- MS Excel 2010 Spreadsheet: One Rational Method model for calibrated conditions.

Hardware/Software Required

- Microsoft Excel 2010 or equivalent

Supporting References and Files

- USGS National Water Information System NWIS:
- NOAA National Weather Service AHPS:
- NOAA Archives:


1. Open your current-conditions Rational Method model spreadsheet named "RationalModelCurrent.xslx". In the MODEL tab, enter the information for the observed storm event into the yellow boxes for ts, ds, OTc, and OQmax. For the EMF example documented on the tab EMF EXAMPLE JAN 2010 STORM, these numbers are ts = 24 hrs, ds = 1.1 in, OTc = 30 hrs, and OQmax = 700 cfs.

2. Compare the value of the peak of the modeled storm hydrograph (blue line) to the channel capacity (red line). Compare the value and timing of the peak of the modeled storm hydrograph (blue line) to the value and timing of the observed runoff event (black diamond). Note what you see and save your hydrograph figure.

For the EMF example documented on the tab EMF EXAMPLE JAN 2010 STORM, this produces the following hydrograph results. In this example there is no flood, and although there is a good match between Qpeak and OQpeak, the modeled runoff peak Tc arrives about 40 hour later than the observed peak OTc.

3. "Calibrate" your model to make the observed and modeled hydrographs match closely. Do this by making changes to model parameters for which you are uncertain about the correct values for your watershed. Only try values that are within a physically plausible range of variability. For example, there may be uncertainty about the true value of C, m, and b related to watershed land cover or about the true value of L. Matching Qpeak and OQpeak is the most important calibration because it determines whether there will be a flood, matching Tc and OTc is next most important to predict when the flood will occur, and it is also desirable to match the general shape and volume of the observed hydrograph. Note the combination of values that produces the best model calibration. Save your hydrograph figure. Save your model as "RationalModelCalibrated.xslx".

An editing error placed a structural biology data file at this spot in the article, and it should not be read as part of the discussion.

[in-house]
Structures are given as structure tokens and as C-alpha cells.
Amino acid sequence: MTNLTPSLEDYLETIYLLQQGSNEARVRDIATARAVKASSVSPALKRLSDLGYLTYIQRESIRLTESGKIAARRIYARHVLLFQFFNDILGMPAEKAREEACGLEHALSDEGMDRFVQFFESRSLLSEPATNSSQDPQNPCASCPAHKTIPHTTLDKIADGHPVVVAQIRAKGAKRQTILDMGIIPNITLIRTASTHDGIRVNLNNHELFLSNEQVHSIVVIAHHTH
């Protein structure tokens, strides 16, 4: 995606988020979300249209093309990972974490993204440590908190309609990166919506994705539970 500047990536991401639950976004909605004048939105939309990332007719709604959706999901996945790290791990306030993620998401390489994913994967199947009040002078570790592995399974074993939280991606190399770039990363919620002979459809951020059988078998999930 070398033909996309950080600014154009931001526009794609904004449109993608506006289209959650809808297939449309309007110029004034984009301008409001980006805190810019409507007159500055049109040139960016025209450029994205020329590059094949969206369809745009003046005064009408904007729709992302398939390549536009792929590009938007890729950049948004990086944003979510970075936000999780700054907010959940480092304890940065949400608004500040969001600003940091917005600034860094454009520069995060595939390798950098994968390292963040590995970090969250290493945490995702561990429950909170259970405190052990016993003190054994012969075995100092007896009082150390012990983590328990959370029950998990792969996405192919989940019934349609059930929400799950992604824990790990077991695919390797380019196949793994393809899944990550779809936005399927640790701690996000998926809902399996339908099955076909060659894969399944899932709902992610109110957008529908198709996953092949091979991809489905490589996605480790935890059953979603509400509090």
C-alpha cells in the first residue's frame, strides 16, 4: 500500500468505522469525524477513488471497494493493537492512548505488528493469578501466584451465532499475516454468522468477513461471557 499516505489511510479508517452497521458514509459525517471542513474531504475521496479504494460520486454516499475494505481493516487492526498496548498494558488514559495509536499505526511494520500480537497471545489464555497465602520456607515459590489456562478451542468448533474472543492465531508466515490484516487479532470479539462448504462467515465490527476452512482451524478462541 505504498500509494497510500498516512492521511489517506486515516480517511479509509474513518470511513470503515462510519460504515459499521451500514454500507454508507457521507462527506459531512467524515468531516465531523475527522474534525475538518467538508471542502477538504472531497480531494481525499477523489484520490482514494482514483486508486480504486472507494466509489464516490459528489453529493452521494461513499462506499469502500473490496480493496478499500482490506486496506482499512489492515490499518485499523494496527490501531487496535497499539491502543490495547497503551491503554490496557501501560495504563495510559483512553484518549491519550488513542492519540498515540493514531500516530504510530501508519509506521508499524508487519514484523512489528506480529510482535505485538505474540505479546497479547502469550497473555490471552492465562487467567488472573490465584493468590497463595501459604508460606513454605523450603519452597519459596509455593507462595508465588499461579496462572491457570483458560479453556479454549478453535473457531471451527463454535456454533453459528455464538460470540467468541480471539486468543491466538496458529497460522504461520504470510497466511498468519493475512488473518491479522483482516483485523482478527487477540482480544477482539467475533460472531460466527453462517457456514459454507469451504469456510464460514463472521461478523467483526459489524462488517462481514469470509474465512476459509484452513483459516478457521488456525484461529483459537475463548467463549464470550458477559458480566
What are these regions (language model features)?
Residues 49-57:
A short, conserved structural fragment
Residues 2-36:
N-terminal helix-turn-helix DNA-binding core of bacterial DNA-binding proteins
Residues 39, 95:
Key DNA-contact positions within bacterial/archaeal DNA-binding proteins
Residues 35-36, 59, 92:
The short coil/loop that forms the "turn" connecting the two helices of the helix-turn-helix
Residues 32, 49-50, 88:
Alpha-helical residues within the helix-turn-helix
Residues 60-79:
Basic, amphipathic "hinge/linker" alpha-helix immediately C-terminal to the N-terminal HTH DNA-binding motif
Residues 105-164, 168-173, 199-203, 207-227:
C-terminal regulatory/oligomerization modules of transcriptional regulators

Additional Activities and Variants

- Utilize USGS stream gage data and USGS or NOAA rainfall data from the internet to obtain your own rainfall/runoff observations for a large rainfall event in your watershed, and use the data to calibrate a Rational Method model to match your local watershed's conditions exactly.
- For lower level courses where this exercise is being completed in isolation from other activities that teach students how to obtain watershed properties, it is sufficient to use the default model design for the East Maricopa Floodway. The information on the spreadsheet tab "EMF EXAMPLE JAN 2010 STORM" contains an observed runoff hydrograph, a 48 hour precipitation map, a daily rainfall totals table, and sources for this information for the storm that occurred over four days in January 2010 in the Phoenix metropolitan area.

Related Steps

Developing a Rational Method Hydrograph Model for the Urban Desert Southwest USA